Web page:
[0175] The vehicle data system may also obtain geographic shipping cost data, to factor for shipping cost variations, such as to markets outside the continental United States, including Hawaii, Alaska or Guam. Other sources of data may include news/weather, to provide notice of events that may bear on the volume or quality of purchase activity, such as heavy snowfalls.

[0176] Once the desired data is obtained, the vehicle data system may be configured to enhance the data by cleansing the data and optimizing or normalizing the data. The data may first be cleansed. In particular, the data obtained may not be useful if it is inaccurate, duplicative or does not conform to certain parameters. Therefore, the vehicle data system may cleanse obtained data to maintain the overall quality and accuracy of the data presented to end users. This cleansing process may entail the removal or alteration of certain data based on almost any criteria desired, where these criteria may, in turn, depend on other obtained or determined data or the evaluation of the data to determine if it conforms with known values, falls within certain ranges or is duplicative. When such data is found it may be removed from the data store of the vehicle data system, the values which are incorrect or fall outside a threshold may be replaced with one or more values (which may be known specifically or be default values), or some other action entirely may be taken.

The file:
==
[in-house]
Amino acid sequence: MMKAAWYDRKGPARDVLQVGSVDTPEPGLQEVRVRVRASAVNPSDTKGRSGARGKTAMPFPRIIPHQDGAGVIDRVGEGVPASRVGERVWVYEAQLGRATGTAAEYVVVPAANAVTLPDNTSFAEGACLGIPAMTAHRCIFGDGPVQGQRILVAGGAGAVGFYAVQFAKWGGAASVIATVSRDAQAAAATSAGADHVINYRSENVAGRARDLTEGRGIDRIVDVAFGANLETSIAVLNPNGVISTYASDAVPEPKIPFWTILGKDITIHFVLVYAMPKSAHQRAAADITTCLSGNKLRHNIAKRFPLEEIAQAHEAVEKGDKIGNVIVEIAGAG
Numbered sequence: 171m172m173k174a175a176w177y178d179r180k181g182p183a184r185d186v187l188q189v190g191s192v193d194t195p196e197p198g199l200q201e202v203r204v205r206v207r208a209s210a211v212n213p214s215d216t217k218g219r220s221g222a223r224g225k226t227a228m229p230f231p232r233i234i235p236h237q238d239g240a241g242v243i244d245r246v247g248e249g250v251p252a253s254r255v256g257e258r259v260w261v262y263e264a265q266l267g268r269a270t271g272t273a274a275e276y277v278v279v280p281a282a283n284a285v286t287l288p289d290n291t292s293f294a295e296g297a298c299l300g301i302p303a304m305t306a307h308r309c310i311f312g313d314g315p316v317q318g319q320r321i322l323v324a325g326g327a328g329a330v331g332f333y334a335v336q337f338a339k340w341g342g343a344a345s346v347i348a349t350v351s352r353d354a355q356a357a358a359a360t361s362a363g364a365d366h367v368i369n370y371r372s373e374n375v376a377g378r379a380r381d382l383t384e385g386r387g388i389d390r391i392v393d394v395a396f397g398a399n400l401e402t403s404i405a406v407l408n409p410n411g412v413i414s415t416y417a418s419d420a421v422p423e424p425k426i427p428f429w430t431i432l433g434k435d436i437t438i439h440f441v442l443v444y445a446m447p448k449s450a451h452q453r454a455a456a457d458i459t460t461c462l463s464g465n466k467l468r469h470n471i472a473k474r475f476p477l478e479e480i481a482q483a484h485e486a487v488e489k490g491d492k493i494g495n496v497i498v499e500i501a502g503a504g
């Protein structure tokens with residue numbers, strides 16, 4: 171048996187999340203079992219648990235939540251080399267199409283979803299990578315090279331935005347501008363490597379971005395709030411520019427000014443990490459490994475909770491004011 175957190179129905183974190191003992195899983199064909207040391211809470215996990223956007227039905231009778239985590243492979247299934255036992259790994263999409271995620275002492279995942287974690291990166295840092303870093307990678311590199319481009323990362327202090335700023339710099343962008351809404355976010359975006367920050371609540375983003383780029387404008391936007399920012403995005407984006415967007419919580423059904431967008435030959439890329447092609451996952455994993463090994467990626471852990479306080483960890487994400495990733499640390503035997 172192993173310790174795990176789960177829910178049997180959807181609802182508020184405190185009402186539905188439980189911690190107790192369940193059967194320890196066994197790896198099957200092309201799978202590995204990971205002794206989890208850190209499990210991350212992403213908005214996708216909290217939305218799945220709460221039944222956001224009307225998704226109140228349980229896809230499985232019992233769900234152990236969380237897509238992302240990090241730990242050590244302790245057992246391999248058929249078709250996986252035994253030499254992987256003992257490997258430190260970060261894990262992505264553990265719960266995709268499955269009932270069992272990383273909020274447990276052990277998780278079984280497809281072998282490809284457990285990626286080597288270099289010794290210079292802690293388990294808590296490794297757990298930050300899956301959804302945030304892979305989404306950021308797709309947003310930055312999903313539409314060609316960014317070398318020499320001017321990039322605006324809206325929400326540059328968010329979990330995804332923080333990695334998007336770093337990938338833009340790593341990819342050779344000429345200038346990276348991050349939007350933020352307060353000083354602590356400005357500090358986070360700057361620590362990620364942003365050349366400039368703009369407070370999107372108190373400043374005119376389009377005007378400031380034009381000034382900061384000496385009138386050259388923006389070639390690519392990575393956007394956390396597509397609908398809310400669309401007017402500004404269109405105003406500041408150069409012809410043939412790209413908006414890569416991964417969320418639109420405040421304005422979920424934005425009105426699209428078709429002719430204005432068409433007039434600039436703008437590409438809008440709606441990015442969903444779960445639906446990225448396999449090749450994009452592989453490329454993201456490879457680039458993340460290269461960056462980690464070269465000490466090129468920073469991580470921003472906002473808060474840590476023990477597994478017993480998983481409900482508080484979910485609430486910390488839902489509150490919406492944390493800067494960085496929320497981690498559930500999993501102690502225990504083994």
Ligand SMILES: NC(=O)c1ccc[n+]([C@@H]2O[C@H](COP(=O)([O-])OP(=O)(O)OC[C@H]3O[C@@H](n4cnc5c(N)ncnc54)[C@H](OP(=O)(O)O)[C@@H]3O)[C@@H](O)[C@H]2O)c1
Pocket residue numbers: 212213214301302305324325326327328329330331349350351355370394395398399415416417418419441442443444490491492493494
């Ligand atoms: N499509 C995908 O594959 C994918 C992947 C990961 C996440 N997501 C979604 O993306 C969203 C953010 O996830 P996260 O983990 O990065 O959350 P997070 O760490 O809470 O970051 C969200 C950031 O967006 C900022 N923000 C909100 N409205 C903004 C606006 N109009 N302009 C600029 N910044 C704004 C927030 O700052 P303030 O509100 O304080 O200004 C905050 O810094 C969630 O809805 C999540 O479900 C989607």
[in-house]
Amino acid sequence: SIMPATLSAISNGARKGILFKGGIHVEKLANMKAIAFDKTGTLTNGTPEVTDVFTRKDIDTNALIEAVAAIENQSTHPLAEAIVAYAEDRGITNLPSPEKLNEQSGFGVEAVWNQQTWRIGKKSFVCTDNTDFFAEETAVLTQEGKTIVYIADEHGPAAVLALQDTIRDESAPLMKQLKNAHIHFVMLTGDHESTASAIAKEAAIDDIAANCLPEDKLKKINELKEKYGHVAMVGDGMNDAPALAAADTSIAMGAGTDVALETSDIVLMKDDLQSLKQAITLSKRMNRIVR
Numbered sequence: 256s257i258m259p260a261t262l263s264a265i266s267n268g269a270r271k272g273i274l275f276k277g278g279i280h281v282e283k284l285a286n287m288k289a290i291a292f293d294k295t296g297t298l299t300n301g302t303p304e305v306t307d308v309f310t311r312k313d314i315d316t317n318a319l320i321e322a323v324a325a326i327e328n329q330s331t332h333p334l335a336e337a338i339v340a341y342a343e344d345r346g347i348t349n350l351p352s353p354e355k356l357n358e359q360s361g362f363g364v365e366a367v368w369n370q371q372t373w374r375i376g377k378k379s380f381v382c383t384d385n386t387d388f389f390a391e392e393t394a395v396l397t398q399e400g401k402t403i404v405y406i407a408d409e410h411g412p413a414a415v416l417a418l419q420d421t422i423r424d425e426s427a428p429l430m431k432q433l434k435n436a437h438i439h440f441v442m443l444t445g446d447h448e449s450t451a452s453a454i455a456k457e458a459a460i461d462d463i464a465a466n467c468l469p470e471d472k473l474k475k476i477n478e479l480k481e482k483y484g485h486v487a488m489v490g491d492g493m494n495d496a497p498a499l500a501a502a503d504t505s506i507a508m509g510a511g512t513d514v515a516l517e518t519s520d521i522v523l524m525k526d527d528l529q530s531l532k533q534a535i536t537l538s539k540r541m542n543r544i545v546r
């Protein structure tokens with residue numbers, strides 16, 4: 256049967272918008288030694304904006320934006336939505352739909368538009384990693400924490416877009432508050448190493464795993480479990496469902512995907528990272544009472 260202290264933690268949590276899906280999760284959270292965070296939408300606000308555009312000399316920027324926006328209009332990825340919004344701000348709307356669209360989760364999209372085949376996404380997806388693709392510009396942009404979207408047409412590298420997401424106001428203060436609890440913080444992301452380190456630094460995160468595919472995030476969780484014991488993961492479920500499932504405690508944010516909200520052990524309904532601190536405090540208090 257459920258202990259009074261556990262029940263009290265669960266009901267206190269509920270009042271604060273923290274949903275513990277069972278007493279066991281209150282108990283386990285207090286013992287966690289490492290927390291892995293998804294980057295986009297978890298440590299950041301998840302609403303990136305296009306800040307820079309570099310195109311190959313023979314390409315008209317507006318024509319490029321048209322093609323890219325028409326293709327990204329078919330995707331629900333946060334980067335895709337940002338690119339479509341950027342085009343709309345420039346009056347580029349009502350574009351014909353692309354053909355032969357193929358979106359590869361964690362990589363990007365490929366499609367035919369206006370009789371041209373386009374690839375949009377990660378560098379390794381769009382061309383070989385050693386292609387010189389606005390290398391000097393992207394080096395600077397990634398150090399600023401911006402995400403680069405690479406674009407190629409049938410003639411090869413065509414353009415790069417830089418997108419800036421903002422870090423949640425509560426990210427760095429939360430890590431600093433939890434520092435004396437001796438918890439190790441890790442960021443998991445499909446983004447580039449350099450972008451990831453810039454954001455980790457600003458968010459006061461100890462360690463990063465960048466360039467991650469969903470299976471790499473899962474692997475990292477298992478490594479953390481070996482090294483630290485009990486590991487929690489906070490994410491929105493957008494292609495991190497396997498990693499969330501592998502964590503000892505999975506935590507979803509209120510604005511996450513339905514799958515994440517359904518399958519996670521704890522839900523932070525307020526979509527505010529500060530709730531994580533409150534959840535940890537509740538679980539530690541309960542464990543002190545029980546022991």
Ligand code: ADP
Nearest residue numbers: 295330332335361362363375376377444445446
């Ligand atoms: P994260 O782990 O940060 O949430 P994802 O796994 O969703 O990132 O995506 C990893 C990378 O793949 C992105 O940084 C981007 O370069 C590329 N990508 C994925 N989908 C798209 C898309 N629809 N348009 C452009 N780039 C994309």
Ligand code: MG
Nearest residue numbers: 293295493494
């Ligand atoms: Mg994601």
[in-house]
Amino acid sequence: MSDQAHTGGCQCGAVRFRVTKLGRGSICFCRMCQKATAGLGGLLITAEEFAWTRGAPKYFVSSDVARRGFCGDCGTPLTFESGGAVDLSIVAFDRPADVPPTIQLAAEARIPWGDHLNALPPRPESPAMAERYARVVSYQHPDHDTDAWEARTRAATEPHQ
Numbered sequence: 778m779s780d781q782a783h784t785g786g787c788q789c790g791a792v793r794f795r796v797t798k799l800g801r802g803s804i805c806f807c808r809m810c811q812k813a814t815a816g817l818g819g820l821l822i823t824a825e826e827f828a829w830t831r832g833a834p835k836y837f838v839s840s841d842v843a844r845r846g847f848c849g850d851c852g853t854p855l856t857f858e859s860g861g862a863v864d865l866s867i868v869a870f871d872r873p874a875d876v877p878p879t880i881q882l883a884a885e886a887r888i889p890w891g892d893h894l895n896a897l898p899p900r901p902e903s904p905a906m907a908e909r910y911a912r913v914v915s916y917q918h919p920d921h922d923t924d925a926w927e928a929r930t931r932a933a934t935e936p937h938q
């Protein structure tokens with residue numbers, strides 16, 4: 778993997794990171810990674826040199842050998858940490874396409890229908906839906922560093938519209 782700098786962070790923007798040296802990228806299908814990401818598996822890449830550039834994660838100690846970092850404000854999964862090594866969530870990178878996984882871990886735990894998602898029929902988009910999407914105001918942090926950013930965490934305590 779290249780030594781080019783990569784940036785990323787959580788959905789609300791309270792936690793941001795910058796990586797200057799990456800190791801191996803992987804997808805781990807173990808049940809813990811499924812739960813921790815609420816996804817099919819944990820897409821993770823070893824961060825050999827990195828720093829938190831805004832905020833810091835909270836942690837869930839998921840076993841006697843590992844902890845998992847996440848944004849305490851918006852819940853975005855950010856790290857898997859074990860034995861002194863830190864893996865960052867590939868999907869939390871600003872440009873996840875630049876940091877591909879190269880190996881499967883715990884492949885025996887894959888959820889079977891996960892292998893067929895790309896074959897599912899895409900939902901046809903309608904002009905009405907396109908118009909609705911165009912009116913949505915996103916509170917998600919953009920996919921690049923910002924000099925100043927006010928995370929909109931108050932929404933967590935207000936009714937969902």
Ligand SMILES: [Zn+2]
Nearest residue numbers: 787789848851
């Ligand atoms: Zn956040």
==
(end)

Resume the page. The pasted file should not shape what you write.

[0177] In one embodiment, during this cleansing process a VIN decode may take place, where a VIN number associated with data (for example, a historical transaction) may be decoded. Specifically, every vehicle sold must carry a Vehicle Identification Number (VIN), or serial number, to distinguish itself from other vehicles. The VIN consists of 17 characters that contain codes for the manufacturer, year, vehicle attributes, plant, and a unique identity. Vehicle data system may use an external service to determine a vehicle's attributes (for example, make, model year, make, powertrain, trim, etc.) based on each vehicle's VIN and associate the determined vehicle information with the sales transaction from which the VIN was obtained. Note that in some cases, this data may be provided with historical transaction data and may not need to occur with respect to one or more of the historical transactions. Thus, the set of historical transactions in the historical transaction data may be enhance through this VIN decoding if needed to include data such as vehicle data associated with the VIN, including for example, vehicle configuration data, vehicle binning information, information associated with residence time of a particular vehicle on a dealer's lot, MSRP, or other information.